watercolor techniques collage

Watercolor Techniques

Paint colors used in a watercolor painting are the artist's personal choice. They may be based on favorite colors, subject matter, or season of the year. These colors may affect emotions; they may provoke sadness with blue colors, anger or passion with red colors, or newness of life with green colors. Try using the dominant, or local color, to define an object so it stands out.

Many brands of professional quality paints are available, but different paint brands with the same color name may be slightly different. Spend time experimenting with different brands and mixing basic colors together to form new ones.

Color Wheel Colors

A color wheel helps arrange color relationships for the artist. Red, yellow, and blue are the primary colors on the color wheel. Mixing together two of these three colors forms the secondary colors of orange, green, and violet. Red and yellow make orange, blue and yellow make green, and blue and red make violet. The tertiary colors of red-orange, yellow-orange, red-violet, blue-violet, yellow-green, and blue-green come between the other colors on the color wheel.

color wheel

Complementary colors are opposite each other on the color wheel. Red is opposite to green, blue is opposite to orange, and yellow is opposite to violet.

complementary colors

Analogous colors are several colors that are next to each other on the color wheel. Red-orange, orange, and yellow-orange are analogous and are closely related colors.

analogous colors

Color Temperature

Paint colors may be warm or cool, and these colors can affect the atmosphere of a painting. For example, cadmium yellow medium is warm, while lemon yellow is cool. Cadmium red medium is warm, whereas alizarin crimson is cool. Ultramarine blue is warm; phthalo blue is cool. Red added to a color warms it up; blue cools it off. Colors are more intense when warm colors are mixed together; more subtle colors result when cool colors are mixed together.

Balance warm and cool—and dark and light—colors in a painting. Cool colors fade into the distance; warm colors come forward. Try to always have some warm colors for visual attraction. Emphasize one color by de-emphasizing another.

Color Properties

The hue is the color name. Each of the hues produces a range of intensities and values. Tints are lighter colors; shades are darker colors. Tones are dulled colors and are made by mixing opposite color wheel colors. Tube paints will produce intense, saturated colors with a minimum of water. More water is added to mix a tint. Black or gray is added to mix a shade. Monochromatic colors consist of one color plus its shades and tints.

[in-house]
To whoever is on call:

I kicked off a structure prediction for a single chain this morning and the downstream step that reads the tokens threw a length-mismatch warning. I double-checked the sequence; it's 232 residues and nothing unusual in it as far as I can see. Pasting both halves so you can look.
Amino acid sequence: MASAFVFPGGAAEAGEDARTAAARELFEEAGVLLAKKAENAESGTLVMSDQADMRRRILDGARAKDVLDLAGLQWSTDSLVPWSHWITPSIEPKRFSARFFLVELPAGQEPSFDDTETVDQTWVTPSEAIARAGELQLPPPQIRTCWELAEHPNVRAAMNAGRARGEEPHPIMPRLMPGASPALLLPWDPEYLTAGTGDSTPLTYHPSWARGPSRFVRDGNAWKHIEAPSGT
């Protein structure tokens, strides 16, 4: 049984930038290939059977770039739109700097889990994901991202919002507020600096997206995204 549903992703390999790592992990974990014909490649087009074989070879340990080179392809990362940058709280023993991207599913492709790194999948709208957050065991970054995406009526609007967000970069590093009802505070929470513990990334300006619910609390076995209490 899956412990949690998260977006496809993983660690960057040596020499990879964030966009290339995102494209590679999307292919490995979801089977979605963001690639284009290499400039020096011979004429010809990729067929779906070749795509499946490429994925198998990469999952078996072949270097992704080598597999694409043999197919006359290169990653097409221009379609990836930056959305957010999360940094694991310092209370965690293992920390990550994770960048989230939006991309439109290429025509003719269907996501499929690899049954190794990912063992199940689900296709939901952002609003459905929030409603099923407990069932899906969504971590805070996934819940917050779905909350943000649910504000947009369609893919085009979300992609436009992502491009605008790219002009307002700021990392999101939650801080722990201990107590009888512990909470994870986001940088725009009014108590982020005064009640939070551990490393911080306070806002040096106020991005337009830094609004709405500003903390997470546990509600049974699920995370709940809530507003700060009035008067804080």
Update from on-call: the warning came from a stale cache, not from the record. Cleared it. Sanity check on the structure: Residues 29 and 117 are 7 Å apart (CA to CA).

monochromatic shades and tints

Try painting a value chart with about 10 squares. Start with color from the tube in the first square and gradually add water to lighten each successive square. A painting may be painted high or low key—lighter or darker overall values. High key paintings use mostly lighter colors; low key paintings use mostly darker colors.

Paint the lightest light color next to the darkest dark color, or use an intense color for a captivating focal point in a painting. To make an object recede, lighten the color. Darken the color to bring an object forward. Paint color, value, and intensity also enable the artist to portray morning, noon, or evening light and shadows, and show different weather conditions. Try using at least five value colors in a painting, contrasting light and dark. Use negative painting—painting dark colors next to or around lighter ones—to make an object stand out.

negative painting example - heron with waterside foliage

Transparency and Staining of Watercolor Paints

Watercolor paints are transparent, semi-transparent, semi-opaque, or opaque. Light passes through transparent paint. It can be successfully layered or used for glazing. Opaque paint is more condensed, will not let light through, and may often include white paint. Paint manufacturers usually state which paint colors are transparent, opaque, or somewhere in between.

Some paint colors stain or granulate more than others. Those that stain are harder to lift from paper, but they help to produce interesting paintings.

Paint Palette Setup

A covered palette will protect watercolor paints. Colors can be arranged by color family or with warm and cool colors separated. Some artists avoid painting dead colors by leaving black off their palettes, preferring to make interesting "blacks" by mixing colors such as ultramarine blue and burnt sienna. As a general rule, turn your palette so that the colors you are using most frequently are closest to the hand you paint with.

Watercolor Paint Resources

water paint colors and brushes

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Watercolor Techniques - Paint and Colors